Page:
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Incidence of hepatitis B virus reactivation in patients with resolved infection on immunosuppressive therapy for rheumatic disease: a multicentre, prospective, observational study in Japan
  1. Wataru Fukuda1,
  2. Tadamasa Hanyu2,
  3. Masaki Katayama3,
  4. Shinichi Mizuki4,
  5. Akitomo Okada5,
  6. Masayuki Miyata6,
  7. Yuichi Handa7,
  8. Masatoshi Hayashi8,
  9. Yoshinobu Koyama9,
  10. Kaoru Arii10,
  11. Toshiyuki Kitaori11,
  12. Hiroyuki Hagiyama12,
  13. Yoshinori Urushidani13,
  14. Takahito Yamasaki14,
  15. Yoshihiko Ikeno15,
  16. Tsuyoshi Suzuki16,
  17. Atsushi Omoto1,
  18. Toshifumi Sugitani17,
  19. Satoshi Morita17,
  20. Shigeko Inokuma18
  1. 1Center for Rheumatic Disease, Japanese Red Cross Kyoto Daiichi Hospital, Kyoto, Japan
  2. 2Department of Rheumatology, Nagaoka Red Cross Hospital, Niigata, Japan
  3. 3Department of Rheumatology, Osaka Red Cross Hospital, Osaka, Japan
  4. 4Department of Rheumatology, Matsuyama Red Cross Hospital, Ehime, Japan
  5. 5Department of Rheumatology, Japanese Red Cross Nagasaki Genbaku Hospital, Nagasaki, Japan
  6. 6Department of Internal Medicine, Japanese Red Cross Fukushima Hospital, Fukushima, Japan
  7. 7Department of Rheumatology, Saitama Red Cross Hospital, Saitama, Japan
  8. 8Department of Orthopedic Surgery and Rheumatology, Nagano Red Cross Hospital, Nagano, Japan
  9. 9Department of Rheumatology, Japanese Red Cross Okayama Hospital, Okayama, Japan
  10. 10Department of Internal Medicine, Japanese Red Cross Kochi Hospital, Kochi, Japan
  11. 11Department of Orthopedics, Japanese Red Cross Fukui Hospital, Fukui, Japan
  12. 12Yokohama City Minato Red Cross Hospital, Kanagawa, Japan
  13. 13Department of Rheumatology, Matsue Red Cross Hospital, Shimane, Japan
  14. 14Department of Rehabilitation, Japanese Red Cross Kyoto Daini Hospital, Kyoto, Japan
  15. 15Department of Rheumatology, Nasu Red Cross Hospital, Tochigi, Japan
  16. 16Division of Allergy and Rheumatology, Japanese Red Cross Medical Center, Tokyo, Japan
  17. 17Department of Biomedical Statistics and Bioinformatics, Kyoto University Graduate School of Medicine, Kyoto, Japan
  18. 18Department of Allergy and Rheumatology, Chiba Central Medical Center, Chiba, Japan
  1. Correspondence to Dr Wataru Fukuda, Center for Rheumatic Disease, Japanese Red Cross Kyoto Daiichi Hospital, 15-749 Honmachi, Higashiyama-ku, Kyoto City, Kyoto 605-0981, Japan; wataru-fukuda{at}kyoto1-jrc.org

Abstract

Background Although the reactivation of hepatitis B virus (HBV) is recognised as a serious complication in patients with rheumatic disease (RD) receiving immunosuppressive drugs (ISDs), the incidence and risk factors for reactivation remain controversial.

Objectives To investigate the incidence and risk factors for HBV reactivation in patients with RD.

Methods We performed a multicentre, observational, prospective study over 2 years in patients with resolved HBV infection. Patients with RD treated with a dose of ≥5 mg/day prednisolone and/or synthetic or biological ISDs with negative HB virus surface antigen and positive anti-HB virus surface antibody (HBsAb) and/or anti-HB virus core antibody (HBcAb) were enrolled. Quantitative HBV DNA results and related data were regularly recorded.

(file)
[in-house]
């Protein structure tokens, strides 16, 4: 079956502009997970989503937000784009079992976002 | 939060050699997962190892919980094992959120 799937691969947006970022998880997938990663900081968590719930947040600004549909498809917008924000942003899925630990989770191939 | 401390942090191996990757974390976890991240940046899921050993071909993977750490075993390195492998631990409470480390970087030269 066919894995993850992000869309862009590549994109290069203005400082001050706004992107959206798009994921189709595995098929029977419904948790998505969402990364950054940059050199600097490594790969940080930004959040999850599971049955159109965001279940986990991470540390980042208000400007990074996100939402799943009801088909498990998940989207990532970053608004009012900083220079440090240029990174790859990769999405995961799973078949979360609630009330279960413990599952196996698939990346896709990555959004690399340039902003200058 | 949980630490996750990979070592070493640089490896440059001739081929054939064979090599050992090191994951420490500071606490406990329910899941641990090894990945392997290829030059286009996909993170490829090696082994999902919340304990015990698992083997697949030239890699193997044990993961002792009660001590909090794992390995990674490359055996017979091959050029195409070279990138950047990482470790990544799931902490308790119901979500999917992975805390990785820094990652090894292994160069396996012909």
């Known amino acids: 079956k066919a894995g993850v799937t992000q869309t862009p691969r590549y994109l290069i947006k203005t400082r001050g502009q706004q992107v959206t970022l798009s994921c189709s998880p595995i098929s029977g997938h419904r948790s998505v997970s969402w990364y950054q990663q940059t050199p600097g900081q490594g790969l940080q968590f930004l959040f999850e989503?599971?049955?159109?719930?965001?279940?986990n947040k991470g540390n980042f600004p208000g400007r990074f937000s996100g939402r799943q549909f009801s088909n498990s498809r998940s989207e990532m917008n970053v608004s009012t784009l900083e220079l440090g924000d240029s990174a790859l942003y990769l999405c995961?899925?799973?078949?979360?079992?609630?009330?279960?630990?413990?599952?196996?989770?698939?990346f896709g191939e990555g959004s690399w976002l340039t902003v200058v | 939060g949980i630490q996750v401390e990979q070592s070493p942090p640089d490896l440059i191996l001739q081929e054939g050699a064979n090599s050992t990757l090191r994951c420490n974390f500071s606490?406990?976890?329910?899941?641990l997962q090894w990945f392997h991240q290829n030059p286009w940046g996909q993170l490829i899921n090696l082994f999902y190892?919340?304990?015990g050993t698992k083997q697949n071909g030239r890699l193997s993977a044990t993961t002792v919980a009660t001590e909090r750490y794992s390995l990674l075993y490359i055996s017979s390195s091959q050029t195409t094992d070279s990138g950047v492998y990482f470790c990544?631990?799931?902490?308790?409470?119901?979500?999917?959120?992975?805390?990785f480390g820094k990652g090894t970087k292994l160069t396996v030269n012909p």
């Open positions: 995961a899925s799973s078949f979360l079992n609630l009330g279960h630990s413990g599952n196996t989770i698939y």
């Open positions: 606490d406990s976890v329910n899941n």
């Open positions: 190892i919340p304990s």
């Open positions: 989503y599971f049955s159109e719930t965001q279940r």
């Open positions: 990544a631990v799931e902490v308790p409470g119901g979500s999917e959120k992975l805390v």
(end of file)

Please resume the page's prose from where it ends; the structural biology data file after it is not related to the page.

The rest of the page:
Results Among 1042 patients, including 959 with rheumatoid arthritis, HBV DNA was detected in 35 (1.93/100 person-years), with >2.1 log copies/mL observed in 10 patients (0.55/100 person-years). None of the reactivated patients, including seven treated with a nucleic acid analogue, showed overt hepatitis. Low HBsAb titres and advanced age seemed to be risk factors for HBV reactivation; however, reactivation was observed in three patients with positive HBsAb and negative HBcAb test results. The risk of reactivation was lower with methotrexate but higher with prednisolone among the different types of ISDs. The intervals from the start of ISD to reactivation were relatively long (3–182 months; median, 66 months).

Conclusions The incidence of HBV reactivation with ISD use was 1.93/100 person-years in patients with RD with resolved HBV infection. No overt hepatitis was observed in the reactivated patients.

  • Infections
  • Rheumatoid Arthritis
  • Treatment
  • Epidemiology

This is an Open Access article distributed in accordance with the Creative Commons Attribution Non Commercial (CC BY-NC 4.0) license, which permits others to distribute, remix, adapt, build upon this work non-commercially, and license their derivative works on different terms, provided the original work is properly cited and the use is non-commercial. See: http://creativecommons.org/licenses/by-nc/4.0/

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Footnotes

  • Handling editor Tore K Kvien

  • Contributors Munetoshi Nakashima, Toshihisa Kanamono, Rika Okada, Ryo Takahashi, Masahito Sato, Kosaku Murakami, Akiko Yoshida, Aki Sakashita and Masatoshi Kadoya contributed for enrolment of patients and Ms Tamaki Ota contributed for data processing in this work.

  • Funding Ministry of Health Labour and Welfare in Japan (15ek0410004h0003).

  • Competing interests None declared.

  • Ethic approvals Japanese Red Cross Kyoto Daiichi Hospital. The hospital ethics committees of all contributing institutions approved the protocol for this study.

  • Provenance and peer review Not commissioned; externally peer reviewed.

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